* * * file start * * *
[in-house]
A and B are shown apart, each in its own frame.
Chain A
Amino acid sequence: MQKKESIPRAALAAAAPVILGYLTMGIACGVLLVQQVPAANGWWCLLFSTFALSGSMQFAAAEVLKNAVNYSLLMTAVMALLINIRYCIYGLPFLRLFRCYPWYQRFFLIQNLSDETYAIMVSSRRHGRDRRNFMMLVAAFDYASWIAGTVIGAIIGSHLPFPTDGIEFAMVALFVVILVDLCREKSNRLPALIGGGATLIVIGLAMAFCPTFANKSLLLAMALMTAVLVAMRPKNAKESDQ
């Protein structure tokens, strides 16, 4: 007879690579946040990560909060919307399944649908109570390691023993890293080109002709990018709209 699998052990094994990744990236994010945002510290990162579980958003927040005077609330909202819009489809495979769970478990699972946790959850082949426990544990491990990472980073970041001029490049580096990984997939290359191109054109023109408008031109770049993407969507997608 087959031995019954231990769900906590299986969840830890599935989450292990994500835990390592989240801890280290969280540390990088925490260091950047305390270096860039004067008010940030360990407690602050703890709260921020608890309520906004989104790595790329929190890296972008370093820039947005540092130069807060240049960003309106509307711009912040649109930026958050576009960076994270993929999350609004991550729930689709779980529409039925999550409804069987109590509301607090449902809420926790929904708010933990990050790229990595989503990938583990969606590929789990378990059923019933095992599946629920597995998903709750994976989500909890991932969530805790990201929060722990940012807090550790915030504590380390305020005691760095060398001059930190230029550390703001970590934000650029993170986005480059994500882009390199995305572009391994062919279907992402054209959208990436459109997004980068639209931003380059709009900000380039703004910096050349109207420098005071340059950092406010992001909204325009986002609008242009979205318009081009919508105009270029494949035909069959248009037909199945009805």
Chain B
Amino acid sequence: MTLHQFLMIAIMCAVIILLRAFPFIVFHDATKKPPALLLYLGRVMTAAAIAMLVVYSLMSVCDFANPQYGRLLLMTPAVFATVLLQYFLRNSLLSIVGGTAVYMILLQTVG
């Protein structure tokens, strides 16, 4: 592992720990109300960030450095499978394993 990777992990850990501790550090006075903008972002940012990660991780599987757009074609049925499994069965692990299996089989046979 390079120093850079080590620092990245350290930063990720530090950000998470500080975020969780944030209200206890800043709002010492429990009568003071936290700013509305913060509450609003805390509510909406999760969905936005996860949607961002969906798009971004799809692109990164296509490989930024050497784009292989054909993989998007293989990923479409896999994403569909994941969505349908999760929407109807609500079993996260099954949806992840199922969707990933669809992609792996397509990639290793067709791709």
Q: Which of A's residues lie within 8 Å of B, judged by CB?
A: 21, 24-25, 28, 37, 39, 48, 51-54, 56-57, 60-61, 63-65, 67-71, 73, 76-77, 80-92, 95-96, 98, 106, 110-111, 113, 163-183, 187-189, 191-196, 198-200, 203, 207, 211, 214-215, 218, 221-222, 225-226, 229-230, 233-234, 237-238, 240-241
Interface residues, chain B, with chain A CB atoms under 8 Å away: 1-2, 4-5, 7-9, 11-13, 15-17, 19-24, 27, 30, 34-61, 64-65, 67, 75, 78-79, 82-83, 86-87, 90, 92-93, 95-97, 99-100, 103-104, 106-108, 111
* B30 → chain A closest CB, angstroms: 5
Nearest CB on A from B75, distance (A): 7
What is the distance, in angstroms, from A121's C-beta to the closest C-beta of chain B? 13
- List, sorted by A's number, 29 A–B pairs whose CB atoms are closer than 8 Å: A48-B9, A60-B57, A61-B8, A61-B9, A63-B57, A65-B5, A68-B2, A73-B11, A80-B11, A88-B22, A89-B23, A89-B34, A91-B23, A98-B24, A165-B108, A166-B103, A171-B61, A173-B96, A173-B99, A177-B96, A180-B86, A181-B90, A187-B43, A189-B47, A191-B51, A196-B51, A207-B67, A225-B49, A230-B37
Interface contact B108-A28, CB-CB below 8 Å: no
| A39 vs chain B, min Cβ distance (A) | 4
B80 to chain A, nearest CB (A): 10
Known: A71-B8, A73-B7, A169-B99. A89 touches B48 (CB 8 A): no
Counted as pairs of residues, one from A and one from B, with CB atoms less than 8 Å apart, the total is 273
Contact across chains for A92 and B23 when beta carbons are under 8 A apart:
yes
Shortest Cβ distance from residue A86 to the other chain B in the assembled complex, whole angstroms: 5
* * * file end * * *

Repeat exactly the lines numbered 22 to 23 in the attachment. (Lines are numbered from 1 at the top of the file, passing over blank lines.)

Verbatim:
yes
Shortest Cβ distance from residue A86 to the other chain B in the assembled complex, whole angstroms: 5